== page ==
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Future Freight Networks : Yearbook 2018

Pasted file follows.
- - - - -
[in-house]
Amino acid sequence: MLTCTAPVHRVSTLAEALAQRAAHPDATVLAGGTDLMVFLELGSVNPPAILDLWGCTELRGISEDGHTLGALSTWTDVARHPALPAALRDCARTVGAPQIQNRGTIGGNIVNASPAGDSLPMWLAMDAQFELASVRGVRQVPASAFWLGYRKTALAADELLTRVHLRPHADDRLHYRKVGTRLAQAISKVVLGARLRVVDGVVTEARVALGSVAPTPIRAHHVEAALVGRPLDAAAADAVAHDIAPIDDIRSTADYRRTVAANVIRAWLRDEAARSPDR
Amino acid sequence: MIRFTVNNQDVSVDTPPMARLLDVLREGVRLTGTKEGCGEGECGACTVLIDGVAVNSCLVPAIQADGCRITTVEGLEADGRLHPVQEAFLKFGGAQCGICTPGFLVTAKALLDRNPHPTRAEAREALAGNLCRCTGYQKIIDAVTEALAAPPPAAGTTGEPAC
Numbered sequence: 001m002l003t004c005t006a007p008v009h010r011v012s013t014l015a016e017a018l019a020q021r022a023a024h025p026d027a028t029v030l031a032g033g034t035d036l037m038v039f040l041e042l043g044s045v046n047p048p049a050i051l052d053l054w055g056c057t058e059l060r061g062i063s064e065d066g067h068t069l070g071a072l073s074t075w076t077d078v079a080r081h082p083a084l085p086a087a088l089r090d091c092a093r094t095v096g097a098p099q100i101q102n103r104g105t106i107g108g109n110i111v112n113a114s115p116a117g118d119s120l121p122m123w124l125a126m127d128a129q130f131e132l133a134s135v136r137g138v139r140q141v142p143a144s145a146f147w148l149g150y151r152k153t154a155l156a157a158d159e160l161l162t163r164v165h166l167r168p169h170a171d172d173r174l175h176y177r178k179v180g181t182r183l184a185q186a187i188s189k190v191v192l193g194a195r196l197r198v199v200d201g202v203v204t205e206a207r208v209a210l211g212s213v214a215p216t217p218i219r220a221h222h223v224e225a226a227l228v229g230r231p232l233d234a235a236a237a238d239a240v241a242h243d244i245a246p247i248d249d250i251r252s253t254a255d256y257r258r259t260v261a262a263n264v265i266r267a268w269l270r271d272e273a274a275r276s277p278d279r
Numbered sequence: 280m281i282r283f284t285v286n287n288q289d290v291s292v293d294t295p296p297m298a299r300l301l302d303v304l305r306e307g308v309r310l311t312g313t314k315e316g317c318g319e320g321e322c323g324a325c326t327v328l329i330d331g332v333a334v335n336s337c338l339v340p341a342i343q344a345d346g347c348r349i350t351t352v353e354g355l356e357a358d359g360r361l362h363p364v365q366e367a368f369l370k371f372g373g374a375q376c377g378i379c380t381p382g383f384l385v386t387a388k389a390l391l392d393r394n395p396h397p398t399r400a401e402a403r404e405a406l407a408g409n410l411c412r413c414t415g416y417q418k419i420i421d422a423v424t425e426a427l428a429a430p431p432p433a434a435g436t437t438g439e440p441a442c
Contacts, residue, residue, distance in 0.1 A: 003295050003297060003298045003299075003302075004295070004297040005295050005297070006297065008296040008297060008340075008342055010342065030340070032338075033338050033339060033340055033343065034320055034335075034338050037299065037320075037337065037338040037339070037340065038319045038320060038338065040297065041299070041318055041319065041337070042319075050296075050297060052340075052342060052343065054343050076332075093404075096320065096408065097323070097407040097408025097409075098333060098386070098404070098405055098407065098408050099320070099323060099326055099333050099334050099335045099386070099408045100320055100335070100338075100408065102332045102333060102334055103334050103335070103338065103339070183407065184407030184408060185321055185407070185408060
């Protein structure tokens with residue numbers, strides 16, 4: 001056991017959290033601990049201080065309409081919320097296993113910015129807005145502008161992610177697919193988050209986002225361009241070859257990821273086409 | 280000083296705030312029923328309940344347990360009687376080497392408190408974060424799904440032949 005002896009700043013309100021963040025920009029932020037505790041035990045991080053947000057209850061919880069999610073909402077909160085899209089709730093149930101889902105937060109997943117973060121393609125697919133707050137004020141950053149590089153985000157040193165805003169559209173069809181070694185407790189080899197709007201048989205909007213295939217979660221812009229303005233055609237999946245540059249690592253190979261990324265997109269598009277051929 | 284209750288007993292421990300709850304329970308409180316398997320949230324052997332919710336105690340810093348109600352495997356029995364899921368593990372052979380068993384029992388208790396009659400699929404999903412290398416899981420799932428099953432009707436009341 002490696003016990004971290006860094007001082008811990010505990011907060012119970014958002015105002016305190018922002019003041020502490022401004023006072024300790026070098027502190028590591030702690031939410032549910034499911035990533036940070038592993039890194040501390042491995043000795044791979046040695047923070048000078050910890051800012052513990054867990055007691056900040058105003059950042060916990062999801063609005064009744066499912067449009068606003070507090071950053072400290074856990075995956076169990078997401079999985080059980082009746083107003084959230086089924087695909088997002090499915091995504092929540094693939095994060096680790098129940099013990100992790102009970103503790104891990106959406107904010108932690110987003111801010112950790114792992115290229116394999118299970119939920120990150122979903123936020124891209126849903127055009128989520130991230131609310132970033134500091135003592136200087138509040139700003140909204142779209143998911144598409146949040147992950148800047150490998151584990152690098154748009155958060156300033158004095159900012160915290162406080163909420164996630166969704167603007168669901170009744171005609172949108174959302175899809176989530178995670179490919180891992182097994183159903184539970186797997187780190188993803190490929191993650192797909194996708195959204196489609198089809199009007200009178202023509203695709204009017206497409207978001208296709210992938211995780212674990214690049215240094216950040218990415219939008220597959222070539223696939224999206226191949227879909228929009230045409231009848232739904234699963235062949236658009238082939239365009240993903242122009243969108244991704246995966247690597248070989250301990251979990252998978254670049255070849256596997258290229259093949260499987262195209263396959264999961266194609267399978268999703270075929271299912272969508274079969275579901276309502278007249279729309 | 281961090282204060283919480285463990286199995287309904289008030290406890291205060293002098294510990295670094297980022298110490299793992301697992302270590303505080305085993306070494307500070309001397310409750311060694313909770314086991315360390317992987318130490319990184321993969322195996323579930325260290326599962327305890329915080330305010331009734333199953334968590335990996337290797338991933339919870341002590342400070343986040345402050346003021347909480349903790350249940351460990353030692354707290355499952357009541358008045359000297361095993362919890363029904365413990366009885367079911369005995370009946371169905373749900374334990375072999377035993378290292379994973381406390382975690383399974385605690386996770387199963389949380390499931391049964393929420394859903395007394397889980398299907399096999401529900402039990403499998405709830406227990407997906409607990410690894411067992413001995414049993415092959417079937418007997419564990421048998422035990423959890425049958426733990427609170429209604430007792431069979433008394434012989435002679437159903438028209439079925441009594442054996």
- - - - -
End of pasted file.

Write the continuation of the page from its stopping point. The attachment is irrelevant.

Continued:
74 ALC FORUM 2018 The development of a National Freight and Supply Chain Strategy is not merely important for the nation’s freight logistics industry – it also has the potential to deliver economy-wide benefits. During this session, senior leaders from two of Australia’s most important economic regulators shared their perspective on how those benefits can be maximised, and what needs to be done to prepare our regulatory frameworks to meet the needs of a changing world. Peter Harris AO, Chairman of the Productivity Commission, began with an overview of Australia’s productivity performance, which he noted has been down since about 2004, coinciding with the rise of the digital economy. New products, such as Uber and Uber Eats, are massively influencing social trends, such as under 35s buying more meals than they prepare themselves. The expectation of rapid home delivery and a general move towards online shopping will add to urban congestion, which will fuel public demand that governments ‘do something’ about the problem. This may well lead to a shift in perceptions about demand management tools (such as congestion charges), and will also reshape our approach to charging for road use. Autonomous vehicles are undoubtedly coming to Australian roads, and will not only change road transport, but also port and rail interfaces. The increasing fuel efficiency of modern vehicles is already placing pressure on current road-funding models, and the large-scale introduction of autonomous electric vehicles would render it wholly impractical. Harris noted that roads are becoming more expensive to build, yet revenue from fuel taxes is declining. We will have to find smarter ways of raising the revenue needed to sustain the network. We can’t afford to think that it will be ‘alright on the night’ – we have to start work now to change people’s attitudes towards road pricing. Every other form of transport has users paying the costs – road transport will also have to move towards that model. Cristina Cifuentes, Commissioner at the Australian Competition and Consumer Commission (ACCC), outlined the role the ACCC plays in ensuring pro-competition policy settings. There is widespread consensus among economic experts as to the manifold economic benefits of competition – the ACCC’s task is to see those benefits flourish by preventing restrictive practices and anti-competitive behaviour. This is achieved by looking at natural monopolies across the economy, with an objective of creating market-like outcomes but with an appropriate return on investment. Regulation can vary from full economic regulation (such as in the electricity market), or light-handed intervention (such as industry-negotiated arrangements). Cifuentes highlighted road transport as an area of the economy that has not been significantly reformed in recent decades, in contrast to many other sectors that have been subject to (and are now benefiting from) significant micro- economic reforms. Echoing Peter Harris’s comments, she suggested that there are economic efficiencies to be realised by establishing a closer link between what people pay and the costs they incur through road use. How greater freight efficiency can drive national productivity and enhance competition Cristina Cifuentes Peter Harris AO